As part of my work I am often looking out for unusual photographic equipment. This one is pretty special – a Nye Optical Company 150mm f1.4 mirror lens, originally designed for imaging UV through to the IR. The spectral range on this lens is described as being 180nm to 4500nm. It’s quite a beast, as you can see here from it mounted on my Nikon d810.
The lens has a Nikon bayonet mount, but it is flush against the back of the lens, so cannot be mounted directly onto an SLR (because of the pentaprism setup). I mounted it here with a small extension tube, which improves macro capability, but loses infinity focus. Normally the lens would be good for about 10ft to infinity, and I may well try this out on a mirrorless camera in the future with some longer range shots.
Well, what are the images like? First, some visible light photos in my garden, with the subject about 1.5m from the camera.
Well, they are pretty whacky. The f1.4 aperture combined with a 150mm focal length means a really narrow depth of field, and when I say really narrow, I mean it. I estimate about 2-3mm at this focus distance, so actually getting something in focus is hard enough, especially when it’s a windy day and you’re hand holding the camera (as I was here). The backgrounds are trippy and psychedelic to say the least. They’d be hard to fake digitally, and make for a unique signature to the images.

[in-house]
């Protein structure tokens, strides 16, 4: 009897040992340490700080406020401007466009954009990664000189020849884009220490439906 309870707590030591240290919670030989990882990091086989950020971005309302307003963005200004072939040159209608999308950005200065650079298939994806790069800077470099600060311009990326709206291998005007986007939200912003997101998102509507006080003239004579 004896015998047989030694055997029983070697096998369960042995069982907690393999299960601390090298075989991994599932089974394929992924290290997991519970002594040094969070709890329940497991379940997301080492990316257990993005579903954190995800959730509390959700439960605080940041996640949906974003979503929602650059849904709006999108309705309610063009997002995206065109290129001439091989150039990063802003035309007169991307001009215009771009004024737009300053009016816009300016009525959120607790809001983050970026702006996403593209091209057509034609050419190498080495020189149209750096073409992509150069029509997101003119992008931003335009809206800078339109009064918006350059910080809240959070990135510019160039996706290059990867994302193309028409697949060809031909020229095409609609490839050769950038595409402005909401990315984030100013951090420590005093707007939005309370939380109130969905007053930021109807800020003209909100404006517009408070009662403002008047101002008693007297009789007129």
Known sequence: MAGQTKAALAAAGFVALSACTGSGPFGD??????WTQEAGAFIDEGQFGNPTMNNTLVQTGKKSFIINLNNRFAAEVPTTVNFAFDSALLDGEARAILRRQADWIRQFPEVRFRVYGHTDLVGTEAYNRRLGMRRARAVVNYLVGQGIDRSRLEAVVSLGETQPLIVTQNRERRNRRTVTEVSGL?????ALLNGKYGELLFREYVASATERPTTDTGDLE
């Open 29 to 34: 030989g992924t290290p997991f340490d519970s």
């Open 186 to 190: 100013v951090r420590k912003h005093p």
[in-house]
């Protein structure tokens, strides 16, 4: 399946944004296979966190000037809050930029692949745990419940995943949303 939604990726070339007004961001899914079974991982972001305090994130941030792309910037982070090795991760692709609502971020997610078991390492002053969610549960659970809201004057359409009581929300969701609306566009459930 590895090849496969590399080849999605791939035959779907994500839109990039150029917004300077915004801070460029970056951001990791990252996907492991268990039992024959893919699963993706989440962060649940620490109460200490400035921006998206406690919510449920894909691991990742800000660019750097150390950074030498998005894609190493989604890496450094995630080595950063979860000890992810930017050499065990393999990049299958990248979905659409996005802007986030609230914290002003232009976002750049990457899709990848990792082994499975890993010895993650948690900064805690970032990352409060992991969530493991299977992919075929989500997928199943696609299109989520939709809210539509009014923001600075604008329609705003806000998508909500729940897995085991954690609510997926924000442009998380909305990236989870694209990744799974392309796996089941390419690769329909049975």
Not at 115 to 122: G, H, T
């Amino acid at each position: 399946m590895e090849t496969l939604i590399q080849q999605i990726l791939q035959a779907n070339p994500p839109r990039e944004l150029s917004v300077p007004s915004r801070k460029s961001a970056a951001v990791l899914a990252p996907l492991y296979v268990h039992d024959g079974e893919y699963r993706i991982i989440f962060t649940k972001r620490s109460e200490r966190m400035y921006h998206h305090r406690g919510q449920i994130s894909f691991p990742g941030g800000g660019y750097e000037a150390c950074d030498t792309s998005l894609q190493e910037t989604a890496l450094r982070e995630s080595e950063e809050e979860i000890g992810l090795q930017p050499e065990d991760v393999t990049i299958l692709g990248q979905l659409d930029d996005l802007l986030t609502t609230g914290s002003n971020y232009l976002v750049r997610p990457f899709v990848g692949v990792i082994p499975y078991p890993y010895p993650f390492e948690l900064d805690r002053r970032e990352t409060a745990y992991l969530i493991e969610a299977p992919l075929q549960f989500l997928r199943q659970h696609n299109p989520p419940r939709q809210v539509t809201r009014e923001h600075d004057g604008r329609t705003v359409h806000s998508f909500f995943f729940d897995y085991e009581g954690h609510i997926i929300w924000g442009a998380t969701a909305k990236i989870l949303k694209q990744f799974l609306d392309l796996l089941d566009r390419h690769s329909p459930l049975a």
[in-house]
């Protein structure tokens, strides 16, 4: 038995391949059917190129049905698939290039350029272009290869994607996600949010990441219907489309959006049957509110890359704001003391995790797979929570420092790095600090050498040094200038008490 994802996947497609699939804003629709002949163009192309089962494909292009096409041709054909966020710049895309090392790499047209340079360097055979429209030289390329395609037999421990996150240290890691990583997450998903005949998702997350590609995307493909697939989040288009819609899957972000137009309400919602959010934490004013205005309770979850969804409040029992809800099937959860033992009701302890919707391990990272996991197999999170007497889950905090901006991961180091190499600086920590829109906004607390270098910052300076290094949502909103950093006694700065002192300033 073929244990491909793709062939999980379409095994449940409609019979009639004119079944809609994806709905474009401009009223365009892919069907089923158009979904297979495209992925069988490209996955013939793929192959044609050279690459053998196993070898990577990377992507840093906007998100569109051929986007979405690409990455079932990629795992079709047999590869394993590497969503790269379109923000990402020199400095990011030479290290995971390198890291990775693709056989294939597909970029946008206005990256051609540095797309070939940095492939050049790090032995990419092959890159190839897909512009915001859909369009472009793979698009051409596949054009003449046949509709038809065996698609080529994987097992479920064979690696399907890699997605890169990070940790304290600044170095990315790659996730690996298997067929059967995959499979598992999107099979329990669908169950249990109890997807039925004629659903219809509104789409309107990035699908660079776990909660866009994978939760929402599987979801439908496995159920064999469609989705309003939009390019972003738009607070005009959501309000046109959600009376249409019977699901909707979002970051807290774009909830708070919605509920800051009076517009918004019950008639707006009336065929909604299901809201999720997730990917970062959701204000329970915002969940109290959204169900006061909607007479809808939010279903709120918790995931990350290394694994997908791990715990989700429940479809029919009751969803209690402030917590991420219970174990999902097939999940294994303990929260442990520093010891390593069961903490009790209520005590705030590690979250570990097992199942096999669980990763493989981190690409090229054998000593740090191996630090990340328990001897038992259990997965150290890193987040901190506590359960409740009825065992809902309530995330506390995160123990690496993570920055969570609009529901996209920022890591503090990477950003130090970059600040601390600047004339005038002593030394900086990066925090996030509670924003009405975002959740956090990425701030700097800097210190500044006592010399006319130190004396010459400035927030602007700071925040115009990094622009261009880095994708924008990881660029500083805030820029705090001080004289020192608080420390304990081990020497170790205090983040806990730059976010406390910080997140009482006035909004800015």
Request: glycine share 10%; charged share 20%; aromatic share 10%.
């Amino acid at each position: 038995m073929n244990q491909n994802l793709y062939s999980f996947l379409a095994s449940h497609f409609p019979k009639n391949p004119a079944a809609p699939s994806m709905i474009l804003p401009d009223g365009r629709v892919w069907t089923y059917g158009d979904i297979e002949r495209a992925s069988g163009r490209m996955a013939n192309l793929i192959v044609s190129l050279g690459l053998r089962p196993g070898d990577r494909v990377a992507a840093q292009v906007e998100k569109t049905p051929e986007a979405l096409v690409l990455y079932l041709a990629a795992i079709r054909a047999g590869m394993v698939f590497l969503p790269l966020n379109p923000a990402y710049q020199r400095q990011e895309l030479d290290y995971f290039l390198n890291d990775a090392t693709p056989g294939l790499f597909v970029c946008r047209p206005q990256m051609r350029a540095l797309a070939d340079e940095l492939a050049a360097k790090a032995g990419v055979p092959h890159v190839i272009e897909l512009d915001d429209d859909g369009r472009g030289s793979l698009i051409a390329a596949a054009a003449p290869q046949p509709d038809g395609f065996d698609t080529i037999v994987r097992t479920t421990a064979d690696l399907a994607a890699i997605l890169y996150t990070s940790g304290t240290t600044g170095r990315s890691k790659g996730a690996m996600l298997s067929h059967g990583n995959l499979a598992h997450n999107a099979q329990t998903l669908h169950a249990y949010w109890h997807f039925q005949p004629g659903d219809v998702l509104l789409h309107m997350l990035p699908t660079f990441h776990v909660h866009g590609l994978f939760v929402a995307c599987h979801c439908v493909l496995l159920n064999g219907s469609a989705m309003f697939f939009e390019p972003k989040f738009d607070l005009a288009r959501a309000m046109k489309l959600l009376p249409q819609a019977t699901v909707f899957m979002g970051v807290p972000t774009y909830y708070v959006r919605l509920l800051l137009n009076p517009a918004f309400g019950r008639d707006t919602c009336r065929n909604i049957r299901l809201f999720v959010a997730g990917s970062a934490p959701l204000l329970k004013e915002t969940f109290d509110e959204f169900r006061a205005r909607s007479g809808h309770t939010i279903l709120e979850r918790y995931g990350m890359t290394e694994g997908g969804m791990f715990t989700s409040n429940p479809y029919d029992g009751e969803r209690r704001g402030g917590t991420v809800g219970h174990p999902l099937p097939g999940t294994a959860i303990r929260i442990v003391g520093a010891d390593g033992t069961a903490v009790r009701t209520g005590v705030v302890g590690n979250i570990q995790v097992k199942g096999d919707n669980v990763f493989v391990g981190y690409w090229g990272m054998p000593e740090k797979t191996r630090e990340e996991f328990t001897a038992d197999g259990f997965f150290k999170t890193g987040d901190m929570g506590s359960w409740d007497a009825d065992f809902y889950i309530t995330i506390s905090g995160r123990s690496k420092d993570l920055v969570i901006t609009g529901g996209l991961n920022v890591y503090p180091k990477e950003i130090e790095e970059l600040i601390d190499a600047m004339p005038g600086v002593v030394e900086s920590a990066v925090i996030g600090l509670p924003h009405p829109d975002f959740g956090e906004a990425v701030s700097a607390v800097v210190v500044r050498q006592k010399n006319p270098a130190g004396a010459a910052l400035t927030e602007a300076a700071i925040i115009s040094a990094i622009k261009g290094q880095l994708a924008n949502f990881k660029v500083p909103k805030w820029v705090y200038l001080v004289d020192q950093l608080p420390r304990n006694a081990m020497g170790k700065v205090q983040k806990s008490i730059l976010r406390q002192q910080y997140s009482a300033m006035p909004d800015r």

While the normal visible light images are cool, I was really interested in this lens for UV imaging. It is a mirror lens, and designed for UV imaging. Combining that with the huge maximum aperture (very unusual for a UV lens), I had high hopes for it. End of October is not the best time to be trying to take UV images in sunlight in the UK, but in a rare break in the clouds, I found one of the last remaining Buttercups in the garden and took this on my ACS UV Nikon d810.
This has been white balanced using a PTFE tile and is a UV reflectance image. The real give away that this is a UV image is the black centre to the Buttercup flower. Again, depth of field is a couple of mm, and focus was on the middle of the flower.
To say this lens has some unique characteristics is probably the understatement of the year. In this modern age of lenses so sharp you can cut yourself on their images, this is not really a contender. The razor thin depth of field make subject choice interesting. But its ability to take images over such a wide range of wavelengths makes it a real find for the UV photographer, and the way it captures an image makes it a really interesting portrait and research lens, and I look forward to playing more with it the future.
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